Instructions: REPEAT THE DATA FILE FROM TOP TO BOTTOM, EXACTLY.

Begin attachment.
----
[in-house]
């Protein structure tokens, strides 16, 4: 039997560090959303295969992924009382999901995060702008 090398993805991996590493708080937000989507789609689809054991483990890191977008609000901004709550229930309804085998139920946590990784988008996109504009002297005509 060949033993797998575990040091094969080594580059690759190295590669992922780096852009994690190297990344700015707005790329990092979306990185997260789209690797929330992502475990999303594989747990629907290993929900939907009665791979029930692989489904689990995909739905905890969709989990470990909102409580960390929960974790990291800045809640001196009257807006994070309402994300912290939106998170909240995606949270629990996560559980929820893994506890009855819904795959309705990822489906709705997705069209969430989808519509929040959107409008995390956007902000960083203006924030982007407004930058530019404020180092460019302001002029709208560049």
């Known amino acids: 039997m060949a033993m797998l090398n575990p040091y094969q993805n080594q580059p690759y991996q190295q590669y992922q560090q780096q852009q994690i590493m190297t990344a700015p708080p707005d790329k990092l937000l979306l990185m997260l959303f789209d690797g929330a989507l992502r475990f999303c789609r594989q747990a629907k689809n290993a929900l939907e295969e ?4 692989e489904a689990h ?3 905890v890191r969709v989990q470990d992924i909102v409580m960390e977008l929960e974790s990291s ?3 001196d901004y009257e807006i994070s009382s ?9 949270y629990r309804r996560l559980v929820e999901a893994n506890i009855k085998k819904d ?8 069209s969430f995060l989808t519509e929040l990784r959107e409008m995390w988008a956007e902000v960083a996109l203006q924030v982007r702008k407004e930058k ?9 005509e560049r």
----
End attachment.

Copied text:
[in-house]
């Protein structure tokens, strides 16, 4: 039997560090959303295969992924009382999901995060702008 090398993805991996590493708080937000989507789609689809054991483990890191977008609000901004709550229930309804085998139920946590990784988008996109504009002297005509 060949033993797998575990040091094969080594580059690759190295590669992922780096852009994690190297990344700015707005790329990092979306990185997260789209690797929330992502475990999303594989747990629907290993929900939907009665791979029930692989489904689990995909739905905890969709989990470990909102409580960390929960974790990291800045809640001196009257807006994070309402994300912290939106998170909240995606949270629990996560559980929820893994506890009855819904795959309705990822489906709705997705069209969430989808519509929040959107409008995390956007902000960083203006924030982007407004930058530019404020180092460019302001002029709208560049």
């Known amino acids: 039997m060949a033993m797998l090398n575990p040091y094969q993805n080594q580059p690759y991996q190295q590669y992922q560090q780096q852009q994690i590493m190297t990344a700015p708080p707005d790329k990092l937000l979306l990185m997260l959303f789209d690797g929330a989507l992502r475990f999303c789609r594989q747990a629907k689809n290993a929900l939907e295969e ?4 692989e489904a689990h ?3 905890v890191r969709v989990q470990d992924i909102v409580m960390e977008l929960e974790s990291s ?3 001196d901004y009257e807006i994070s009382s ?9 949270y629990r309804r996560l559980v929820e999901a893994n506890i009855k085998k819904d ?8 069209s969430f995060l989808t519509e929040l990784r959107e409008m995390w988008a956007e902000v960083a996109l203006q924030v982007r702008k407004e930058k ?9 005509e560049r």